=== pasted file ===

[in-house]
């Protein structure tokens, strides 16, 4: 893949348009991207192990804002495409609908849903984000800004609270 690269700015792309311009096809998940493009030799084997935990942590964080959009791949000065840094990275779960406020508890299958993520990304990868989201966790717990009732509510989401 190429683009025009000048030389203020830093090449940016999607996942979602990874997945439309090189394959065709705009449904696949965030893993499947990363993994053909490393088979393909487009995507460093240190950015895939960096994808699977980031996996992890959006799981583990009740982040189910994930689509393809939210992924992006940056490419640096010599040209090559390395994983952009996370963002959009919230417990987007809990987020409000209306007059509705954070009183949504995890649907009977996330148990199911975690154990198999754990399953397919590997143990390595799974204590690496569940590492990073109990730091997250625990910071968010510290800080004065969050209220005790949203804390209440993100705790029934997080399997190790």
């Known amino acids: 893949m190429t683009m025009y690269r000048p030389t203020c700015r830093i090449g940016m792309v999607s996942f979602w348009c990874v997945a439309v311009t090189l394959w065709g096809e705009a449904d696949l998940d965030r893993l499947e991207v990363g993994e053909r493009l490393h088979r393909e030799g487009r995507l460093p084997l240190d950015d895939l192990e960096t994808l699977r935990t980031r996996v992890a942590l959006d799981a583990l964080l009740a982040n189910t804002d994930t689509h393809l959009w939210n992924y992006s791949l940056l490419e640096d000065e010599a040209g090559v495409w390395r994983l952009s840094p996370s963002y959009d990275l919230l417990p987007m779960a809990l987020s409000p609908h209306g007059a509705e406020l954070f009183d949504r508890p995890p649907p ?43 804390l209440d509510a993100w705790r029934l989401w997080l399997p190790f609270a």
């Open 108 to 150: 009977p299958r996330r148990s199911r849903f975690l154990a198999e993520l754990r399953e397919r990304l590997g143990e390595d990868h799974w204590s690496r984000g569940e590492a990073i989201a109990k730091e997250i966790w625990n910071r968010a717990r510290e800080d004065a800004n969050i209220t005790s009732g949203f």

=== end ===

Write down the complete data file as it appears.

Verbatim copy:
[in-house]
């Protein structure tokens, strides 16, 4: 893949348009991207192990804002495409609908849903984000800004609270 690269700015792309311009096809998940493009030799084997935990942590964080959009791949000065840094990275779960406020508890299958993520990304990868989201966790717990009732509510989401 190429683009025009000048030389203020830093090449940016999607996942979602990874997945439309090189394959065709705009449904696949965030893993499947990363993994053909490393088979393909487009995507460093240190950015895939960096994808699977980031996996992890959006799981583990009740982040189910994930689509393809939210992924992006940056490419640096010599040209090559390395994983952009996370963002959009919230417990987007809990987020409000209306007059509705954070009183949504995890649907009977996330148990199911975690154990198999754990399953397919590997143990390595799974204590690496569940590492990073109990730091997250625990910071968010510290800080004065969050209220005790949203804390209440993100705790029934997080399997190790």
């Known amino acids: 893949m190429t683009m025009y690269r000048p030389t203020c700015r830093i090449g940016m792309v999607s996942f979602w348009c990874v997945a439309v311009t090189l394959w065709g096809e705009a449904d696949l998940d965030r893993l499947e991207v990363g993994e053909r493009l490393h088979r393909e030799g487009r995507l460093p084997l240190d950015d895939l192990e960096t994808l699977r935990t980031r996996v992890a942590l959006d799981a583990l964080l009740a982040n189910t804002d994930t689509h393809l959009w939210n992924y992006s791949l940056l490419e640096d000065e010599a040209g090559v495409w390395r994983l952009s840094p996370s963002y959009d990275l919230l417990p987007m779960a809990l987020s409000p609908h209306g007059a509705e406020l954070f009183d949504r508890p995890p649907p ?43 804390l209440d509510a993100w705790r029934l989401w997080l399997p190790f609270a």
């Open 108 to 150: 009977p299958r996330r148990s199911r849903f975690l154990a198999e993520l754990r399953e397919r990304l590997g143990e390595d990868h799974w204590s690496r984000g569940e590492a990073i989201a109990k730091e997250i966790w625990n910071r968010a717990r510290e800080d004065a800004n969050i209220t005790s009732g949203f």